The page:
After the Ferguson riots of 2014, disdain on the street for Baltimore’s integrated but often less than professional police department became combustible, and Gray’s death lit the powder keg. Economically marginal residents—in a city home to Johns Hopkins University and financial firms Legg Mason and T. Rowe Price—perpetrated Baltimore’s spring 2015 riots, which destroyed 200 businesses and injured 98 cops. The trouble began at the James Rouse–constructed Mondawmin Mall. Students, angry at the way they were “disrespected” and inspired by the sci-fi movie The Purge, which described a day of seemingly emancipatory anarchy, gathered outside the mall’s transportation hub. Flyers called for the Crips, the Bloods, the Black Guerrilla Family, and the Nation of Islam to unite and join the action. Students cornered by cops reportedly began taunting police, who had gone on alert after receiving what the department called “credible information” that a coalition of gangs wanted to “take out” law-enforcement officers. Rioting ensued.
Reporters took little notice of these gang elements, since the liberal media operated on the principle of “implied suffering”—that is, people acting badly is de facto proof that they have been mistreated. The persistence of poverty in West Baltimore supposedly demonstrated pervasive white racism and black powerlessness. Yet the same Black Guerrilla Family was powerful enough to have run the Baltimore City Detention Center until Maryland governor Larry Hogan shut it down.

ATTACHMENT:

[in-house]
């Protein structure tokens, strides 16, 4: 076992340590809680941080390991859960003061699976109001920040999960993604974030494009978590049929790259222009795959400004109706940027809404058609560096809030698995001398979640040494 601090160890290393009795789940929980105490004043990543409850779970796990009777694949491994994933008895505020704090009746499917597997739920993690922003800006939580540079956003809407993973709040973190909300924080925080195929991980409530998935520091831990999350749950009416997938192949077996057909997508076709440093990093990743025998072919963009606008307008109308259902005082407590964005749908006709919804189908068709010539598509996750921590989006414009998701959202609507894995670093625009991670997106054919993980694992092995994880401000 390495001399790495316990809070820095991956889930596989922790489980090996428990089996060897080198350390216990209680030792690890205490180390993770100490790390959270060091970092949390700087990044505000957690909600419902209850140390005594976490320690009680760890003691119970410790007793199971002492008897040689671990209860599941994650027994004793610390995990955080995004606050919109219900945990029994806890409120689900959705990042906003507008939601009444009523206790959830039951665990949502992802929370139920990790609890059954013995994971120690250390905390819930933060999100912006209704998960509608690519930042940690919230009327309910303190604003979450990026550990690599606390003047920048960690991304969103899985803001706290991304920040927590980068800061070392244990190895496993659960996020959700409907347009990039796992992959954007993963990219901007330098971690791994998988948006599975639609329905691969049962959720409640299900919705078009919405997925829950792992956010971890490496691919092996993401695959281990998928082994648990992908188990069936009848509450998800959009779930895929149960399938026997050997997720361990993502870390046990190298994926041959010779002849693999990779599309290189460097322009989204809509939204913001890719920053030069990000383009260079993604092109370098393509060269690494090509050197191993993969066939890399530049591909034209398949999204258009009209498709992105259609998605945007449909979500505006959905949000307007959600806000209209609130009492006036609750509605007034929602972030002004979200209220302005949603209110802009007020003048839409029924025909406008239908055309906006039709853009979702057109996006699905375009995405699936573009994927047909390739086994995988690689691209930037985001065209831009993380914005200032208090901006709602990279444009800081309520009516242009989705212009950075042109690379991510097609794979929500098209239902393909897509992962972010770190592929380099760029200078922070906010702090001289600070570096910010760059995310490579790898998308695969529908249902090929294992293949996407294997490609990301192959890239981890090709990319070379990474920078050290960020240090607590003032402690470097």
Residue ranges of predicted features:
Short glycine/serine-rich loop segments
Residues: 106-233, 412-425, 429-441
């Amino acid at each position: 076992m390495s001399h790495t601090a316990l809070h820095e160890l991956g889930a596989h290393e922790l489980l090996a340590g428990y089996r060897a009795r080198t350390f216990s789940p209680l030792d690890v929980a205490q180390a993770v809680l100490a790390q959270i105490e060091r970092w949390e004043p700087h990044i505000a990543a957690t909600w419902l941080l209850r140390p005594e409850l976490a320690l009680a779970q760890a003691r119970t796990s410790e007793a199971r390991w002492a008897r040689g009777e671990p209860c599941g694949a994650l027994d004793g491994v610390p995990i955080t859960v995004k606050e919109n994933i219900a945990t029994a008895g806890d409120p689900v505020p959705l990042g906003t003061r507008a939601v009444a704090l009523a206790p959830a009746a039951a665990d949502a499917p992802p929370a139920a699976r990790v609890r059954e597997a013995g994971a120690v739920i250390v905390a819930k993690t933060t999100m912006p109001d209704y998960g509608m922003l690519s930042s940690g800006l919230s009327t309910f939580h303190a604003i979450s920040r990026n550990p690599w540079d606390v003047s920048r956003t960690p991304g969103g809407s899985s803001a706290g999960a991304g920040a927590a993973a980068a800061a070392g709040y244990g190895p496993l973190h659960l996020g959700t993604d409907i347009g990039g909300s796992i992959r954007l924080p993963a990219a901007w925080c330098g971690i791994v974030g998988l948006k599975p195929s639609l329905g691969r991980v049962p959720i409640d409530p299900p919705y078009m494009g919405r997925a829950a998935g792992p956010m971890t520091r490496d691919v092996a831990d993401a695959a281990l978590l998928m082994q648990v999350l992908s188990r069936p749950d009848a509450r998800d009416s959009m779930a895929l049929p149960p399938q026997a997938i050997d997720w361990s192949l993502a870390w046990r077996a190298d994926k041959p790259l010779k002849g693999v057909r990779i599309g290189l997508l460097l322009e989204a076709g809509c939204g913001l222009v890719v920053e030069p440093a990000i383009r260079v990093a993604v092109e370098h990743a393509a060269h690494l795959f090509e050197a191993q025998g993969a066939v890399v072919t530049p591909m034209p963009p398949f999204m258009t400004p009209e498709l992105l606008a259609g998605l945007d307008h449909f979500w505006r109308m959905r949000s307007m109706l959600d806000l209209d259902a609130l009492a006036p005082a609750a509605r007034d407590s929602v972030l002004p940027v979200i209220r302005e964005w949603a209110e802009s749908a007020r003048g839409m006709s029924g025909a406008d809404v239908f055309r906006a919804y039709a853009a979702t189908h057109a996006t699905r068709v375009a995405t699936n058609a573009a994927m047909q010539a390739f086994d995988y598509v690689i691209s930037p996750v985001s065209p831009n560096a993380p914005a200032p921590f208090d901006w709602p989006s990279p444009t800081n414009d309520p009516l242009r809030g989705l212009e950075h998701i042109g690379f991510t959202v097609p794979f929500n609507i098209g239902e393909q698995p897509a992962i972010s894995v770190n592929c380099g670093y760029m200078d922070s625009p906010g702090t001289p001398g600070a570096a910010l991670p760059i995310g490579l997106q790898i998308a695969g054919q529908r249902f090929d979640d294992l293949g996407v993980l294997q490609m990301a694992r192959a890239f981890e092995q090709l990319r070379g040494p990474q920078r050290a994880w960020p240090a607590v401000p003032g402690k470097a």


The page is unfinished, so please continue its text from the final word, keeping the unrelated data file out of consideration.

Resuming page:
As the violence unfolded, Mayor Rawlings-Blake told police to stand down. “I’ve made it very clear that I work with the police and instructed them to do everything that they could to make sure that the protesters were able to exercise their right to free speech,” she explained. “It’s a very delicate balancing act, because while we tried to make sure that they were protected from the cars and the other things that were going on, we also gave those who wished to destroy space to do that as well.” And, she said, “we worked very hard to keep that balance and to put ourselves in the best position to deescalate, and that’s what you saw.”